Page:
On May 12, 1978, Cunningham filed this lawsuit alleging damages for breach of the oral or implied contract governing the conditions of her employment.   A jury awarded her $95,000 for back pay and lost pension.   The union appeals contending:  (1) the court improperly exercised jurisdiction over the matter as the claims were preempted by the National Labor Relations Act;  (2) there was insubstantial evidence to support the conclusion Cunningham exhausted her administrative remedies;  (3) Cunningham failed to mitigate her damages;  and (4) the court failed to give a statute of limitations instruction.



 The union complains the state court should not have heard the case.   When it is clear a state purports to regulate activities protected by section 7 of the National Labor Relations Act (the Act),1 or prohibited as an unfair labor practice under section 8, the state must be precluded from acting.  (San Diego Building Trades Council, Etc. v. Garmon (1959) 359 U.S. 236, 244, 79 S.Ct. 773, 779, 3 L.Ed.2d 775.)   This is so because “[t]o leave the States free to regulate conduct so plainly within the central aim of federal regulation involves too great a danger of conflict between power asserted by Congress and requirements imposed by state law.”  (Ibid.)

 When management or labor conduct “arguably” is protected or prohibited under the Act, the adjudication of such interests lies within the exclusive jurisdiction of the National Labor Relations Board.  (United Farm Workers Organizing Committee v. Superior Court (1971) 4 Cal.3d 556, 94 Cal.Rptr. 263, 483 P.2d 1215.)   The board is empowered to effect the primary aim of the Act to promote the full flow of commerce and “to prevent any person from engaging in any unfair labor practice ․”  (29 U.S.C. § 160, subd. (a);  Consolidated Theatres, Inc. v. Theatrical Stage Employees Union (1968) 69 Cal.2d 713, 721, 73 Cal.Rptr. 213, 447 P.2d 325.)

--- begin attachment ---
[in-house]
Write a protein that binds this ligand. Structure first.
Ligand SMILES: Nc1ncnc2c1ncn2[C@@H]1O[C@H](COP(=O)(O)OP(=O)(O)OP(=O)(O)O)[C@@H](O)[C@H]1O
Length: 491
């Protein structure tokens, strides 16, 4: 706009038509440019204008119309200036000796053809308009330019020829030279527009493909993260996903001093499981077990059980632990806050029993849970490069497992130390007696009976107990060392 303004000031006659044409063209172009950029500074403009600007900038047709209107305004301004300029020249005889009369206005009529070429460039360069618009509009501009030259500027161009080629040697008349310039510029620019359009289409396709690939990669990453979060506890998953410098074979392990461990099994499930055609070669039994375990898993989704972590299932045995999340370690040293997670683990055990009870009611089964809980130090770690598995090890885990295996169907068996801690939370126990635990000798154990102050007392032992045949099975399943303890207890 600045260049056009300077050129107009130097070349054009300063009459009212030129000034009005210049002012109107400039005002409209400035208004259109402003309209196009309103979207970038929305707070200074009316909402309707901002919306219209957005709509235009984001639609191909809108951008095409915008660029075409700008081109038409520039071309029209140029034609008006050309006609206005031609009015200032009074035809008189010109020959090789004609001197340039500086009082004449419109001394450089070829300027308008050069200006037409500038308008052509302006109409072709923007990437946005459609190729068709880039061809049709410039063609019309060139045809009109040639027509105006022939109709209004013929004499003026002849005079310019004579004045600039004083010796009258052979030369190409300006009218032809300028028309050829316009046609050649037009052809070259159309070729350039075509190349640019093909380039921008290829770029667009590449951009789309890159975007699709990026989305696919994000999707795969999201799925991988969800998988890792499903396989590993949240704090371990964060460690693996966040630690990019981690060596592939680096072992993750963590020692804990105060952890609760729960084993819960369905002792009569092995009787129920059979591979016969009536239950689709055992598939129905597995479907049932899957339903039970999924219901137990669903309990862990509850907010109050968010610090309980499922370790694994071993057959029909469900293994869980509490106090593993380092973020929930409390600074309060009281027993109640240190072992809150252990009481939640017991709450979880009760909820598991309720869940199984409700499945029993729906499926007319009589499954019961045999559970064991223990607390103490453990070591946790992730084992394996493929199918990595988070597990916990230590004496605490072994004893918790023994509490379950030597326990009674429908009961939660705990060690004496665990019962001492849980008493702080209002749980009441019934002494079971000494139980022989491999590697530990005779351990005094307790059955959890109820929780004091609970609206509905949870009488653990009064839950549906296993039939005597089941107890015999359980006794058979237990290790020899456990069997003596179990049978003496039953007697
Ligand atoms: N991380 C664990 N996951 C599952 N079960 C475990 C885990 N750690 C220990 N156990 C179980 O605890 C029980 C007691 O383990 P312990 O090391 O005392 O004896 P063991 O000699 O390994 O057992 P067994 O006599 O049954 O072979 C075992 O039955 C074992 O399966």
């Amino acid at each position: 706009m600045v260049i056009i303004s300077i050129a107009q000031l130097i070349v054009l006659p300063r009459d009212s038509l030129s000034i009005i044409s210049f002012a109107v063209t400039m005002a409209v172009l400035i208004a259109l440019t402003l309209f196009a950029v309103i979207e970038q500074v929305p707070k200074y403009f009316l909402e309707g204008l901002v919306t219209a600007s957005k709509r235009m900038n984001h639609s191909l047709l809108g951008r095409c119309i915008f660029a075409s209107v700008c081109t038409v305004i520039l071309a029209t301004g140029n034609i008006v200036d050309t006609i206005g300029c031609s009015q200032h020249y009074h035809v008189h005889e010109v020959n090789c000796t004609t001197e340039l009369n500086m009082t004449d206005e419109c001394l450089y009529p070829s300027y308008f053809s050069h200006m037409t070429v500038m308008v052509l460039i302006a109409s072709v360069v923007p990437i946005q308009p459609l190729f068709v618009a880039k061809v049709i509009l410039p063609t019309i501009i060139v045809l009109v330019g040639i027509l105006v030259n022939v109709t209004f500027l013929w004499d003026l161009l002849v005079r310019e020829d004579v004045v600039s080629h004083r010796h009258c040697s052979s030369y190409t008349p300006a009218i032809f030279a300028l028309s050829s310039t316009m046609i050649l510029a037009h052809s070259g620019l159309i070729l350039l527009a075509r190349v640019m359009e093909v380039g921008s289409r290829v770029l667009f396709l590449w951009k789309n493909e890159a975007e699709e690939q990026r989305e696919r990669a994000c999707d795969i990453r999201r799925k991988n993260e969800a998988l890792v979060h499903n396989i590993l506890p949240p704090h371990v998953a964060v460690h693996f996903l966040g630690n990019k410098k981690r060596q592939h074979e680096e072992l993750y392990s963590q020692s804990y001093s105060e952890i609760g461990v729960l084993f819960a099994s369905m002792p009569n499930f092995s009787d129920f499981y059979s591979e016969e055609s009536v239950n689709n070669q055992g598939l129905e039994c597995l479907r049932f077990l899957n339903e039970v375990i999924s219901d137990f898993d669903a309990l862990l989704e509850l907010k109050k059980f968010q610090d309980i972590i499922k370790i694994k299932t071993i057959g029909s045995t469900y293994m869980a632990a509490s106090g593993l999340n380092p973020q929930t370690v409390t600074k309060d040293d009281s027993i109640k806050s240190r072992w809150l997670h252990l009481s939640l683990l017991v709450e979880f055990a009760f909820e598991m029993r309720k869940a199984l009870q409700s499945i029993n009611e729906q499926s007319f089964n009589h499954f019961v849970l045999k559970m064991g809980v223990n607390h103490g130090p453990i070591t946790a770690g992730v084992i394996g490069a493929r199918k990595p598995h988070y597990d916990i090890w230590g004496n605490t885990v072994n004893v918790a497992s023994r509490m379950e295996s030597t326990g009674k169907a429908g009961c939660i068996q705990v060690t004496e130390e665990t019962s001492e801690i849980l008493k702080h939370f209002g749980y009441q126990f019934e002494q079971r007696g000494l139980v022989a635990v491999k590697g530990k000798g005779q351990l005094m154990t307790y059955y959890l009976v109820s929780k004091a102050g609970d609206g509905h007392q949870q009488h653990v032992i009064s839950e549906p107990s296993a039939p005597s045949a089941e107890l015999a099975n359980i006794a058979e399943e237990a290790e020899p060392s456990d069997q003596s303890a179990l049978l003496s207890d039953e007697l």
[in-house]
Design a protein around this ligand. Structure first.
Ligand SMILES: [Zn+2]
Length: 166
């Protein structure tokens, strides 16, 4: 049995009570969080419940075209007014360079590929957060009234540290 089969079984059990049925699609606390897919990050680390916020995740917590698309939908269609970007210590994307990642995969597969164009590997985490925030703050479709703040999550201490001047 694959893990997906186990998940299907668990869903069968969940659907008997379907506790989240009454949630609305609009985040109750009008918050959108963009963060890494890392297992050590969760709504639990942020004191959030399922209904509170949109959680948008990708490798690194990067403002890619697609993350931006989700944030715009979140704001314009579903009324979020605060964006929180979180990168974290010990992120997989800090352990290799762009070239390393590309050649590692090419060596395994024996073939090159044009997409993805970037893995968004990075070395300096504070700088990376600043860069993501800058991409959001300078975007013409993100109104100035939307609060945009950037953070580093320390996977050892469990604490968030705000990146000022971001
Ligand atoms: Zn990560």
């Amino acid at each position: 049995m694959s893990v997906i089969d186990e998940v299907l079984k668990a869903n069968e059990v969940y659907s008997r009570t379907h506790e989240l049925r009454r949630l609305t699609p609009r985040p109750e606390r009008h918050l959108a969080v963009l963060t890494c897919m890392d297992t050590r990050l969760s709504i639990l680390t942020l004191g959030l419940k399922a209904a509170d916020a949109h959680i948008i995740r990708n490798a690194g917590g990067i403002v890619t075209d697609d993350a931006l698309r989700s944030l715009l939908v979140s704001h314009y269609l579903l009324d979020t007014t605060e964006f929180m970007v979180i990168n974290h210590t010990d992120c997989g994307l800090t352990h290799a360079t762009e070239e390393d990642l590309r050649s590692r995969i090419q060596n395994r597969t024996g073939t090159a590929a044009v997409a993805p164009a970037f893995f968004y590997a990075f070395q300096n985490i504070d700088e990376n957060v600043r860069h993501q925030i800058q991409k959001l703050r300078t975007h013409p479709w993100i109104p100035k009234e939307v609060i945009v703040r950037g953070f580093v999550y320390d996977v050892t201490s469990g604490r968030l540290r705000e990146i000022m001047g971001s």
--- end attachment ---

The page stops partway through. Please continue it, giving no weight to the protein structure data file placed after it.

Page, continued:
Preemption is designed to shield the system from conflicting regulation of conduct.   It is the conduct being regulated, not the formal description of governing legal standards, that is the proper focus of concern.  (Motor Coach Employees v. Lockridge (1970) 403 U.S. 274, 91 S.Ct. 1909, 29 L.Ed.2d 473.)   Thus, the states have the power to regulate where the activity is a “merely peripheral concern of the Labor Management Relations Act.  [Citations.]  Or where the regulated conduct touched interests so deeply rooted in local feeling and responsibility that, in the absence of compelling congressional direction, we could not infer that Congress had deprived the States of the power to act.”  (Garmon, supra, 359 U.S. at pp. 243–244, 79 S.Ct. at pp. 778–779.)

The narrow issue presented is whether the union as employer and Cunningham as employee have a conflict so remote to the federal scheme and particularized as to them such that it was heard before the proper tribunal.   In International Ass'n. of Machinists v. Gonzales (1958) 356 U.S. 617, 78 S.Ct. 923, 2 L.Ed.2d 1018, the matter was properly before the state court when Gonzales complained he was unable to obtain employment and suffered damages because of his loss of union membership.   Gonzales had alleged his damages arose as a result of a breach of contract.   An ousted member was entitled to vindicate his personal rights before the state court.